Hagerty Market Rating shows a retreat toward a flat market

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The Hagerty Market Rating is a monthly assessment of the trajectory of the collector car market. To learn more about how the Market Rating value is reached, click here

The Hagerty Market Rating has decreased for the seventh consecutive month to its lowest point since summer 2021. While its current value of 67.23 is still in the “expanding market” range of the Market Rating bell-curve, the rating has decreased in 15 of the last 17 months and now sits 11 points beneath its June 2022 high.

The Hagerty Market Index, an open-ended index (like the DJIA or NASDAQ Composite) of the Market Rating, has fallen 18 points since its high in December 2022 to its current value of 187.79. Despite its continued slump, the current value of the Hagerty Market Index is still higher than its previous peak in 2015.

In the past quarter, monthly inflation did not increase for the first time since the start of the year, giving some much needed relief to many of the Market Rating component metrics. For the first time in seven months, only half of the 14 component metrics decreased, and some even increased after long periods of drought. For instance, High End Insured Values saw its first increase in 13 months. However, the last time only half of the metrics decreased, the Market Rating saw its sole increase on the year.

So why did the Market Rating decrease nearly a full point this month? Some metrics saw historic losses.

Broad Market Insured Values, a metric that has been in free fall after a 28-month streak of increases during the Market Rating’s most recent period of extended growth, just experienced its third largest single-month drop since this metric was added to the Market Rating in 2010. That said, Hagerty still receives eight calls to raise insured values for every one time the insured value is lowered on a collector vehicle.

The Auction Median Sale Price metric, which saw its third largest single-month decrease since the start of the pandemic, is now at its second lowest value of all time. In similar fashion, optimism among our industry experts remains at its lowest point since March 2020, when all in-person auctions were canceled. They cited poor results at auctions as the primary reason for labeling the current classic car market as “flat,” citing lots of unsold cars, as well as a number of decreasing sale prices in the marketplace. Many owners are taking loses on flips bought only a year ago.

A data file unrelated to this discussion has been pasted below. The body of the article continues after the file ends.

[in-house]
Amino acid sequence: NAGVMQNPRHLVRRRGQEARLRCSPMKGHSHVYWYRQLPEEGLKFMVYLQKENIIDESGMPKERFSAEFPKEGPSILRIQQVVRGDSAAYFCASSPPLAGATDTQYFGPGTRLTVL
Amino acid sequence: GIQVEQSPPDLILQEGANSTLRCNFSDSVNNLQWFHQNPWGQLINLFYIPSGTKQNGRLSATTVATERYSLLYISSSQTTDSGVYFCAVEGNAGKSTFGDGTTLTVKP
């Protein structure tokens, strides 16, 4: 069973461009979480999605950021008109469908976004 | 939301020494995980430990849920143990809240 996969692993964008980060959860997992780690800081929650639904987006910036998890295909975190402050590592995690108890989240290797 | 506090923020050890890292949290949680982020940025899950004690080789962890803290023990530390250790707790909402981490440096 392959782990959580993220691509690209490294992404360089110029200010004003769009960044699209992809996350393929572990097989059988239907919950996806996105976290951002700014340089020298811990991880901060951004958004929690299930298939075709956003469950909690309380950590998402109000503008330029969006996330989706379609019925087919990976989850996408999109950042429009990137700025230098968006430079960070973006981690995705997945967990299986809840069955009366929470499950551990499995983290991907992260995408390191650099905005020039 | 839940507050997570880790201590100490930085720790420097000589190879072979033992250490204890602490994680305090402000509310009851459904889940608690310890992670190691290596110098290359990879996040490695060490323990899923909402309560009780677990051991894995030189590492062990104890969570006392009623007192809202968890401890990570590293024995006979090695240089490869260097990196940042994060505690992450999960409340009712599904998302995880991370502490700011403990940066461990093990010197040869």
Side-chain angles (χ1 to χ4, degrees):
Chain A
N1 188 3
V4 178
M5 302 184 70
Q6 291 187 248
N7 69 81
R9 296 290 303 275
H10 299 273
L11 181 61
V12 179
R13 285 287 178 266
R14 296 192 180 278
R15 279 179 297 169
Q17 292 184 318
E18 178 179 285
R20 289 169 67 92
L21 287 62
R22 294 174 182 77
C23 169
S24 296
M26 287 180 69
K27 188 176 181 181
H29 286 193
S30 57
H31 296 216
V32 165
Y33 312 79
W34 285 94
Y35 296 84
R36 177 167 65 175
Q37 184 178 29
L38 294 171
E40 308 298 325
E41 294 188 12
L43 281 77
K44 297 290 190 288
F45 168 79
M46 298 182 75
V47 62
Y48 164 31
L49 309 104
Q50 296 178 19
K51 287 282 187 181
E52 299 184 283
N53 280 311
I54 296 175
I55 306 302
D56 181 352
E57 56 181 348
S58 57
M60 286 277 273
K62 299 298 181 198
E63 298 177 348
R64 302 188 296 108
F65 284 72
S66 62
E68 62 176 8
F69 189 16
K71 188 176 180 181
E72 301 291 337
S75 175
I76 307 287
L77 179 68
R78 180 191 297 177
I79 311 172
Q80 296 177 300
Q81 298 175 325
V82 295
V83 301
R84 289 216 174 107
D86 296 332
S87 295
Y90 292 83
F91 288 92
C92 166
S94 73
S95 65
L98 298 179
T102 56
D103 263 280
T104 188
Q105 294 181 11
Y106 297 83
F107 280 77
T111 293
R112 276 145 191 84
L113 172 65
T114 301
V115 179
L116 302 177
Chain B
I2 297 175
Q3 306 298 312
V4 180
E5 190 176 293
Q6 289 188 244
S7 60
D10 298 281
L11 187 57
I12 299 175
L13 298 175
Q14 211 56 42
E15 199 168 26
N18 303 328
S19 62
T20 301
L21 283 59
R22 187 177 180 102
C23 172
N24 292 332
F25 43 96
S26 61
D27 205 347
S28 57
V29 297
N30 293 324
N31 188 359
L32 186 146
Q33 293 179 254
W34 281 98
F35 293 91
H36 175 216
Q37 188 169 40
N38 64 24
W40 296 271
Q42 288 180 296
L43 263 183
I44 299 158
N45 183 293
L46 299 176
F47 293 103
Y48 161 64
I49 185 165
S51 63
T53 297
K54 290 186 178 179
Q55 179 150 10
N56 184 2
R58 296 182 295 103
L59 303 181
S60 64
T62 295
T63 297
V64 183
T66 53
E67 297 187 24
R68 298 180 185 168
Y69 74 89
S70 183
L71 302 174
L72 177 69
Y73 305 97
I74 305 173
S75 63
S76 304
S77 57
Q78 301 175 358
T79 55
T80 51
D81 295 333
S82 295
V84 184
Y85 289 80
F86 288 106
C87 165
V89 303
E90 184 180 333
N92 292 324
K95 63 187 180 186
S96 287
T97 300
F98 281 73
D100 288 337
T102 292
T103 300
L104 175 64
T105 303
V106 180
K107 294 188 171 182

1962 Ferrari 330 LM 250 GTO Scaglietti rear three quarter
RM Sotheby's

Despite many disappointing sales, a 1962 Ferrari 330 LM / 250 GTO sold for $51.7M (including buyer’s premium) at a Sotheby’s auction in New York. This sale was right in line with the #1 condition value of the most similar vehicle in the Hagerty Price Guide, a 1963 Ferrari GTO SII 330. While it didn’t manage to reach RM Sotheby’s estimate of “in excess of $60 million,” chassis 3765 LM did manage to become the most expensive car of the year and the second-most expensive car ever sold at auction.

This headline-grabbing record sale won’t have any effect on the Hagerty Market Rating, though, which is likely to continue its fall toward the “flat market” range of the 0-to-100 scale.




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    Many vintage cars are so artificial high priced. The car auctions have really driven prices up and I just wonder how long they will hold on.

    “In the past quarter, monthly inflation did not increase for the first time since the start of the year”

    Really? I call b.s. Prices are still going up. Only relief has recently been on gas but that is it.

    Agree. And they don’t even count gas or groceries in the inflation index. They should, but they don’t so even a drop in gas prices doesn’t affect inflation.

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